It’s normal to be resistant to change. After all, moving to a new device or operating system can be a frustrating experience. There are new things to learn, old things to unlearn and plenty of bugs and glitches to go around.
But regardless of how you might feel about updating, it’s still one of the best things you can do for your device and security. The reason: It keeps you one step ahead of hackers and cybercriminals that want to harm you or steal your data. Tap or click here to see the steps you need to take before updating your PC.
When it comes to avoiding updates, however, Windows 7 users are in a league of their own. The beloved operating system is still used by millions the world over, but Microsoft no longer supports it in terms of updates or security checks. And now, the FBI is warning stubborn Windows 7 users of the dangers they face if they stick with their systems.
FBI warns Windows 7 users about hacker risks
A new bulletin published by the FBI is sending an urgent warning to Windows 7 users that are lagging two operating systems behind Microsoft’s latest release.
The bulletin was sent to partners in the U.S. private sector that may not have switched operating systems since Microsoft officially dropped support earlier this year.
The FBI claims it has been tracking cybercriminals attempting to target end-of-life operating systems like Windows 7. Because the system is old and well understood, that means hackers have had much more time to peel through its many layers and test out its weaknesses.
If one were to continue using Windows 7 within a business setting, just having the operating system installed can turn your computer setup into a weak link that hackers can exploit. As the Bureau says, “Windows 7 becomes more vulnerable to exploitation due to lack of security updates and new vulnerabilities discovered.”
Time to update?
If you’re on Windows 7 still, we have good news for you: You can update to Windows 10 for free! Yes, really! In spite of the fact that this offer officially ended in 2016, Microsoft has kept the option alive out of an apparent abundance of caution.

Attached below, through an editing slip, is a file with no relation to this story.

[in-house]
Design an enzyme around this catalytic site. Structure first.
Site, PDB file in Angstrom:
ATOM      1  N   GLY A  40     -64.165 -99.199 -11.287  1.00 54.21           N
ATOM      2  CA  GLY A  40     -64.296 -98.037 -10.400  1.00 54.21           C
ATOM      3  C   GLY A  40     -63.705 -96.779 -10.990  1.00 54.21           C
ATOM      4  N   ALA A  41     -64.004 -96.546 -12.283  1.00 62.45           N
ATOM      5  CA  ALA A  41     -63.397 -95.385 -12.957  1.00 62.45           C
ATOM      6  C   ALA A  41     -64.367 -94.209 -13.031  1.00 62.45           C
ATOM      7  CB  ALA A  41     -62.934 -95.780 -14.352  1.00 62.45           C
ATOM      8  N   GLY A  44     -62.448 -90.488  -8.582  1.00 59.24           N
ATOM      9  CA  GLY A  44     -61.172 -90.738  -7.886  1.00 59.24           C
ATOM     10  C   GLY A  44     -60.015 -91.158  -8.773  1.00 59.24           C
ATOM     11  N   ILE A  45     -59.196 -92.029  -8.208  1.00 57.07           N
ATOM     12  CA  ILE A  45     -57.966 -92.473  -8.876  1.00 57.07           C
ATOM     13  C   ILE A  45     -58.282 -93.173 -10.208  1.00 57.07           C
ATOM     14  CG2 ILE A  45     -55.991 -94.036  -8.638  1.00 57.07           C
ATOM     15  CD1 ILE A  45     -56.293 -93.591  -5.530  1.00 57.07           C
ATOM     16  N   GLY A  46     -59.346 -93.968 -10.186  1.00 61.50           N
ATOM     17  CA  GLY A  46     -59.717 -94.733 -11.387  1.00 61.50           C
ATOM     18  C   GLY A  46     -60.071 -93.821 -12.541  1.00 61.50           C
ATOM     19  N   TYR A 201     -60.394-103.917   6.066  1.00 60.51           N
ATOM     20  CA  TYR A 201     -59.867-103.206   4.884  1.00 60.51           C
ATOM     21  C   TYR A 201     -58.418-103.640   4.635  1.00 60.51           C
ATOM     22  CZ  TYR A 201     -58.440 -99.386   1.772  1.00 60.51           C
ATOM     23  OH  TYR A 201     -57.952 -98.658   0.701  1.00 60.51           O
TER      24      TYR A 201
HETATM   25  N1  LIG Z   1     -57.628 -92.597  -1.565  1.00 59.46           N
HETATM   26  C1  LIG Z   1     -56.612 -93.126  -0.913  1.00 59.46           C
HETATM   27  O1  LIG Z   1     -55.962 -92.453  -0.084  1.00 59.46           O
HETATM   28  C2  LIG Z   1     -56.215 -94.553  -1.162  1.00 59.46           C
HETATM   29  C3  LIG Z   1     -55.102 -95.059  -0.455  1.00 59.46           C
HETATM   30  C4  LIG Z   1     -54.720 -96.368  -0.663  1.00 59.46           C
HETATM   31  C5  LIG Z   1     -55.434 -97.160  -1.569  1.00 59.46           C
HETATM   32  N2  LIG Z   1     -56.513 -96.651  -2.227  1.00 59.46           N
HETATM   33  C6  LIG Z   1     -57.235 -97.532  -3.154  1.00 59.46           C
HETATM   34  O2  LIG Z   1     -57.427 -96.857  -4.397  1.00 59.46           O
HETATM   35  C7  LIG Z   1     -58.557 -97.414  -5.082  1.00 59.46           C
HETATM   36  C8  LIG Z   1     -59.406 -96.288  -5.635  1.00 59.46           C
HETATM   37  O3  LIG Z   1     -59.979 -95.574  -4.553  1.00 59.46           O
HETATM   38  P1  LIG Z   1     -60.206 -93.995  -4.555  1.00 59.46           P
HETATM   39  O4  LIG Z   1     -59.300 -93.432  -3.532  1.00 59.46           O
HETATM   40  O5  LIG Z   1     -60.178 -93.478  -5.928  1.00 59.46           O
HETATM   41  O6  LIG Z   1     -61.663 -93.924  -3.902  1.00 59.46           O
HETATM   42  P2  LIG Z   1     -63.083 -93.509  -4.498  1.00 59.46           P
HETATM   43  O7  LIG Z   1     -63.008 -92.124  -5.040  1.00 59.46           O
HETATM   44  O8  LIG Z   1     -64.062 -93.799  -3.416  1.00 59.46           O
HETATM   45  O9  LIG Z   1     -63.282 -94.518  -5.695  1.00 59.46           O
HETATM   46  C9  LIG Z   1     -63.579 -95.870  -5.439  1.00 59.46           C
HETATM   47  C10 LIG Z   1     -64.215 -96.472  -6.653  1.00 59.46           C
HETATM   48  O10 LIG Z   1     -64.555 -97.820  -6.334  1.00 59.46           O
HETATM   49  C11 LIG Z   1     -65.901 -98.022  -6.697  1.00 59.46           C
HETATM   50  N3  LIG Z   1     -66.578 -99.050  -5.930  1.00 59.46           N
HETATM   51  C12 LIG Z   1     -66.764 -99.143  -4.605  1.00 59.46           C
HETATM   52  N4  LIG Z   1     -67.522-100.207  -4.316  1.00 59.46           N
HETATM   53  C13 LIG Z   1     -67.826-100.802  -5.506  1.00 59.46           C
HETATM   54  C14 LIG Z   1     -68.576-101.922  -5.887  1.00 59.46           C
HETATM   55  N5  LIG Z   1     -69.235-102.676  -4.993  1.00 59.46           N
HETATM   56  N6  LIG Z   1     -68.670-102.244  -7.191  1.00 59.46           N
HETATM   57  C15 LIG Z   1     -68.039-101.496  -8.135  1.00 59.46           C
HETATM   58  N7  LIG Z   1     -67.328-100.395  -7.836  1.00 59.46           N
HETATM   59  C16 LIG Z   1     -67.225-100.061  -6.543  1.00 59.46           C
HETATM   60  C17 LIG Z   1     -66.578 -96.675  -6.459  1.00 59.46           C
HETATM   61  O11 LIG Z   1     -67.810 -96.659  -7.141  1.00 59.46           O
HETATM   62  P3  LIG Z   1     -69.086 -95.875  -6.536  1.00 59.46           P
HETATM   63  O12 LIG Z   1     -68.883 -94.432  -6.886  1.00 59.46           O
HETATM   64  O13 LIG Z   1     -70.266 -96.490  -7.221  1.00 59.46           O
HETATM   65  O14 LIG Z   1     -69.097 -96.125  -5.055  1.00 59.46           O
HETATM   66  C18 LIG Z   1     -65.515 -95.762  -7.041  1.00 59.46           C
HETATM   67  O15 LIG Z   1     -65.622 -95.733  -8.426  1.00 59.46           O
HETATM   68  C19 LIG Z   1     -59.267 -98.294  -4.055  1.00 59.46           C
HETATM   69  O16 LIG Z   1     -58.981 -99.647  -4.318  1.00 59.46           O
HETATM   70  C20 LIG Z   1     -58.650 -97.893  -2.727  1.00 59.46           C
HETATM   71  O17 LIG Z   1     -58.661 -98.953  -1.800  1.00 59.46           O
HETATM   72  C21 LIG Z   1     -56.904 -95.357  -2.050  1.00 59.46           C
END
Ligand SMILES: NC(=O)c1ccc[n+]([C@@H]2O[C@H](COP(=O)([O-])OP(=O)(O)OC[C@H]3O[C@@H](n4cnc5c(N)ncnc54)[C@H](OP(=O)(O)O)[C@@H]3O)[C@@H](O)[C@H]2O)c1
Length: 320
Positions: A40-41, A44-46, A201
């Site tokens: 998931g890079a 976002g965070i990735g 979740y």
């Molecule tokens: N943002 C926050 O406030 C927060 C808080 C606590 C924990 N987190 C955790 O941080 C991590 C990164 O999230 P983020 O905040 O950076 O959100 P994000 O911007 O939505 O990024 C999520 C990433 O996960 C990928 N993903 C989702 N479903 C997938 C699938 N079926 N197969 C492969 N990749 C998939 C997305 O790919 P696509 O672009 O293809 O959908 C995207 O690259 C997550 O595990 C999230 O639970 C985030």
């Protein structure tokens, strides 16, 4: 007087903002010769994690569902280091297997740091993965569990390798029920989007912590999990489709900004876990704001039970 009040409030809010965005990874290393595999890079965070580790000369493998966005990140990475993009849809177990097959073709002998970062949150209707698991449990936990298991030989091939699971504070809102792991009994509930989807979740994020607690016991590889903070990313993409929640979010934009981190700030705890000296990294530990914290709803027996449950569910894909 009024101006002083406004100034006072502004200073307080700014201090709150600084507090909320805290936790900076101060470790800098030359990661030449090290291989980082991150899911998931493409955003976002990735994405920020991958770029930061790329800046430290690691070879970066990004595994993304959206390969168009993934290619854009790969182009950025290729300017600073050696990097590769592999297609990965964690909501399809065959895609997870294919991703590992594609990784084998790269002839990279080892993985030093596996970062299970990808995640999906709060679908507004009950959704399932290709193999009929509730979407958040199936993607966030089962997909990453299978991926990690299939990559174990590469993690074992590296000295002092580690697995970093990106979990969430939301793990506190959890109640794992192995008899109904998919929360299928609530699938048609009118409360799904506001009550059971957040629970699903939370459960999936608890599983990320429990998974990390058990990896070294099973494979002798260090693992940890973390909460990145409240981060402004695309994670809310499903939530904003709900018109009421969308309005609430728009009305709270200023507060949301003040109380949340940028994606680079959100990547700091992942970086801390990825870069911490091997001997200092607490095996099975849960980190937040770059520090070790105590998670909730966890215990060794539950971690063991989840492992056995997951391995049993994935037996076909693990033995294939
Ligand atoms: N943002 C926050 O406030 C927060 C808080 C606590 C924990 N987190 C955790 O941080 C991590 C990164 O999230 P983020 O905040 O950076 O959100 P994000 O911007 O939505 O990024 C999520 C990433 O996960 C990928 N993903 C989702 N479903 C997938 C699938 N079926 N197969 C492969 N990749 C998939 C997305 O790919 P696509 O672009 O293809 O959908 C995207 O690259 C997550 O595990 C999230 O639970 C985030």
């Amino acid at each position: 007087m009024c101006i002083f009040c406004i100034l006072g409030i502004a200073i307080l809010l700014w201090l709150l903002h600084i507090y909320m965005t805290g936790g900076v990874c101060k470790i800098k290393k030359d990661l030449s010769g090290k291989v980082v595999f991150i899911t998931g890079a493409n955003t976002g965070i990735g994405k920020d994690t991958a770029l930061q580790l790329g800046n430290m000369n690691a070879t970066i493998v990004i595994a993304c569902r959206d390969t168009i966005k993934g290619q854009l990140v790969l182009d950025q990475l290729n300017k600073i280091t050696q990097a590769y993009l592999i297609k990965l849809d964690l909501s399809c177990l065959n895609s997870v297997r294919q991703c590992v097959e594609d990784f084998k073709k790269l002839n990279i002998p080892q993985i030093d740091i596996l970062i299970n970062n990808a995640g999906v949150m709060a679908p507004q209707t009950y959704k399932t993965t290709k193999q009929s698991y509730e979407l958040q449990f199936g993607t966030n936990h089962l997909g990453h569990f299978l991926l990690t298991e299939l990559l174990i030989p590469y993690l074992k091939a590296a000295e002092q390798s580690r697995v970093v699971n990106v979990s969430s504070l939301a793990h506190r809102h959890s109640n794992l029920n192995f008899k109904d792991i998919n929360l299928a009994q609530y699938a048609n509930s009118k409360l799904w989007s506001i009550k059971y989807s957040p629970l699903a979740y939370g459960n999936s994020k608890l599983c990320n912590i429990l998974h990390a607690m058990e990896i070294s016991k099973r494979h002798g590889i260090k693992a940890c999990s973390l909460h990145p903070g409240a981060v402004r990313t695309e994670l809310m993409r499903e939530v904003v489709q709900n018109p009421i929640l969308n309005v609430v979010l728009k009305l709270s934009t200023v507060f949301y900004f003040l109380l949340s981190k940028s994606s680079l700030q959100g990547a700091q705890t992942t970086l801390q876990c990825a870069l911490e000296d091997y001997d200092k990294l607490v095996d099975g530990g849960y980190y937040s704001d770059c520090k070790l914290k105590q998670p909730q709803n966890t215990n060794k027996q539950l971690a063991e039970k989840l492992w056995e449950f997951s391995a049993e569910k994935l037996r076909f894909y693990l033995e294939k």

The only catch: Not all computers that run Windows 7 are powerful enough to make the update. At this point, if your computer was manufactured in the early to mid-2010s, you might want to consider upgrading to a new one altogether.
It might seem like a hassle to do, but the FBI emphasizes that the challenge of upgrading or buying a new computer pales in comparison to the loss incurred by computer hacks, data theft or malware infestation. If one ran a company with sensitive intellectual property, for example, stolen data could end up costing millions of dollars in losses and legal fees.
So what should be done if you’re still on Windows 7? Well, the first thing to do is back up your data to make sure you lose nothing during the update process. For this, we recommend our sponsor IDrive. IDrive’s secure cloud backup system is perfect for storing your most important pictures, videos and files.
And because they’re all stored on the cloud, you can easily get them back just by logging in when the update is finished.
And if you’re looking to start the update today, don’t worry: We’ve got you covered. Our guide to making the switch will break things down step by step so you can protect your computer with a new operating system that will last at least several more years.